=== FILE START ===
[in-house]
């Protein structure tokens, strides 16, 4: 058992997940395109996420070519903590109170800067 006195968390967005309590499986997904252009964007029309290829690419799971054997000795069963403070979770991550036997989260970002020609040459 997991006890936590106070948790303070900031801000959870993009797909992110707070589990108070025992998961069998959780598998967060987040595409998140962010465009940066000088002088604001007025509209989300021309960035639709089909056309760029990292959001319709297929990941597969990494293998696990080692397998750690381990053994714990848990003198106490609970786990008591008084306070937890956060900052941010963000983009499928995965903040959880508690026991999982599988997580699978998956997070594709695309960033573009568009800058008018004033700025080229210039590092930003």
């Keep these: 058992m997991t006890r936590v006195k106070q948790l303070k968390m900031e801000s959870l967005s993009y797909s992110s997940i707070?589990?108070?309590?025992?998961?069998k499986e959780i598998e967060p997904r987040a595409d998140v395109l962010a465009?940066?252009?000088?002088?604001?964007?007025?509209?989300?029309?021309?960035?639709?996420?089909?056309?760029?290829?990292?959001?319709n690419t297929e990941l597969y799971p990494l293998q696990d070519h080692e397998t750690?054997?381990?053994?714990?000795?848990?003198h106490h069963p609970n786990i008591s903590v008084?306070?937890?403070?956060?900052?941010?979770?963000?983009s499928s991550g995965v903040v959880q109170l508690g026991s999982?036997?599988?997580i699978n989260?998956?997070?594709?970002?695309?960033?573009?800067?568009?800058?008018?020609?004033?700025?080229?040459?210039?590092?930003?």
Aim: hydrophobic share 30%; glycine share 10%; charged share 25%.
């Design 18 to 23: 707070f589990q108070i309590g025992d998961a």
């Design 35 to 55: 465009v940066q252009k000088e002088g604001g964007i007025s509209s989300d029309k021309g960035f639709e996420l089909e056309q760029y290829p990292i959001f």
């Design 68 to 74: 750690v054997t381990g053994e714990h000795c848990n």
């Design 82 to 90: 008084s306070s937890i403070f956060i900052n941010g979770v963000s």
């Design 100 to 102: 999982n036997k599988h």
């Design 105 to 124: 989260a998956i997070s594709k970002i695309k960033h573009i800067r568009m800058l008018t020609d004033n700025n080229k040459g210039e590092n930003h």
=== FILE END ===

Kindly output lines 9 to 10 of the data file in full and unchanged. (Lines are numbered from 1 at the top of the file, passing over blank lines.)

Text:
């Design 100 to 102: 999982n036997k599988h």
């Design 105 to 124: 989260a998956i997070s594709k970002i695309k960033h573009i800067r568009m800058l008018t020609d004033n700025n080229k040459g210039e590092n930003h």